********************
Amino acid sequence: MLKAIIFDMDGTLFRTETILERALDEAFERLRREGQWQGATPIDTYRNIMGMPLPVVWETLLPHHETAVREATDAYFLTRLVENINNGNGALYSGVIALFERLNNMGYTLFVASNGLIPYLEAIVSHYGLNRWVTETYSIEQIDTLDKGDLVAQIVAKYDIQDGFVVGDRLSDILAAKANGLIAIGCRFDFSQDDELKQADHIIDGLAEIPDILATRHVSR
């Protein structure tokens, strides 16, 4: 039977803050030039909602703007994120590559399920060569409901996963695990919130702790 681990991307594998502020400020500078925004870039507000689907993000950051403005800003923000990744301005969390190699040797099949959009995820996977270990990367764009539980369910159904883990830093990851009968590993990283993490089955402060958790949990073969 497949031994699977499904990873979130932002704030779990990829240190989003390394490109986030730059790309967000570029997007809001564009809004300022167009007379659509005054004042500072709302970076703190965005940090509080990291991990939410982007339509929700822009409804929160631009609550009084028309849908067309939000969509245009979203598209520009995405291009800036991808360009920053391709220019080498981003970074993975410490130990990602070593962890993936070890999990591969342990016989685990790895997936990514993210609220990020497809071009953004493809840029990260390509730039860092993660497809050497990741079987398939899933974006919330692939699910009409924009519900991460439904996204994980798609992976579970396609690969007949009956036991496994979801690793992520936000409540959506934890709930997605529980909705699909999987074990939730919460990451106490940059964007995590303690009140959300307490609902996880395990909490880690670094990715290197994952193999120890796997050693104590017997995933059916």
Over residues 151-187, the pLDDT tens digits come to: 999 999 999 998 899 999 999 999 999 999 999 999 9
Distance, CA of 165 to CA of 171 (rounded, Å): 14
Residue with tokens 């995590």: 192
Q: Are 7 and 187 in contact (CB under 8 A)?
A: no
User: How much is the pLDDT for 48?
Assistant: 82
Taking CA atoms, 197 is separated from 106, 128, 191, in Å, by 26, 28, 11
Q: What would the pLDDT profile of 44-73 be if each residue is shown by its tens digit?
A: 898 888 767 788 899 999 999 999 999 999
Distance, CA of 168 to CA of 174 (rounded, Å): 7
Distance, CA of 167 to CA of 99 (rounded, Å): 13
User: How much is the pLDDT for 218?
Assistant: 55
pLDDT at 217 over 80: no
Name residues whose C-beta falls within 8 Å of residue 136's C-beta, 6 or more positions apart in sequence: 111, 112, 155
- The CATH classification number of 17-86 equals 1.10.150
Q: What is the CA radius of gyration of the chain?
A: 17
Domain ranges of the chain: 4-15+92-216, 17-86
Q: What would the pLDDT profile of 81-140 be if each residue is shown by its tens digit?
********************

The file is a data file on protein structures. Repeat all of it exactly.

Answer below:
Amino acid sequence: MLKAIIFDMDGTLFRTETILERALDEAFERLRREGQWQGATPIDTYRNIMGMPLPVVWETLLPHHETAVREATDAYFLTRLVENINNGNGALYSGVIALFERLNNMGYTLFVASNGLIPYLEAIVSHYGLNRWVTETYSIEQIDTLDKGDLVAQIVAKYDIQDGFVVGDRLSDILAAKANGLIAIGCRFDFSQDDELKQADHIIDGLAEIPDILATRHVSR
């Protein structure tokens, strides 16, 4: 039977803050030039909602703007994120590559399920060569409901996963695990919130702790 681990991307594998502020400020500078925004870039507000689907993000950051403005800003923000990744301005969390190699040797099949959009995820996977270990990367764009539980369910159904883990830093990851009968590993990283993490089955402060958790949990073969 497949031994699977499904990873979130932002704030779990990829240190989003390394490109986030730059790309967000570029997007809001564009809004300022167009007379659509005054004042500072709302970076703190965005940090509080990291991990939410982007339509929700822009409804929160631009609550009084028309849908067309939000969509245009979203598209520009995405291009800036991808360009920053391709220019080498981003970074993975410490130990990602070593962890993936070890999990591969342990016989685990790895997936990514993210609220990020497809071009953004493809840029990260390509730039860092993660497809050497990741079987398939899933974006919330692939699910009409924009519900991460439904996204994980798609992976579970396609690969007949009956036991496994979801690793992520936000409540959506934890709930997605529980909705699909999987074990939730919460990451106490940059964007995590303690009140959300307490609902996880395990909490880690670094990715290197994952193999120890796997050693104590017997995933059916």
Over residues 151-187, the pLDDT tens digits come to: 999 999 999 998 899 999 999 999 999 999 999 999 9
Distance, CA of 165 to CA of 171 (rounded, Å): 14
Residue with tokens 């995590």: 192
Q: Are 7 and 187 in contact (CB under 8 A)?
A: no
User: How much is the pLDDT for 48?
Assistant: 82
Taking CA atoms, 197 is separated from 106, 128, 191, in Å, by 26, 28, 11
Q: What would the pLDDT profile of 44-73 be if each residue is shown by its tens digit?
A: 898 888 767 788 899 999 999 999 999 999
Distance, CA of 168 to CA of 174 (rounded, Å): 7
Distance, CA of 167 to CA of 99 (rounded, Å): 13
User: How much is the pLDDT for 218?
Assistant: 55
pLDDT at 217 over 80: no
Name residues whose C-beta falls within 8 Å of residue 136's C-beta, 6 or more positions apart in sequence: 111, 112, 155
- The CATH classification number of 17-86 equals 1.10.150
Q: What is the CA radius of gyration of the chain?
A: 17
Domain ranges of the chain: 4-15+92-216, 17-86
Q: What would the pLDDT profile of 81-140 be if each residue is shown by its tens digit?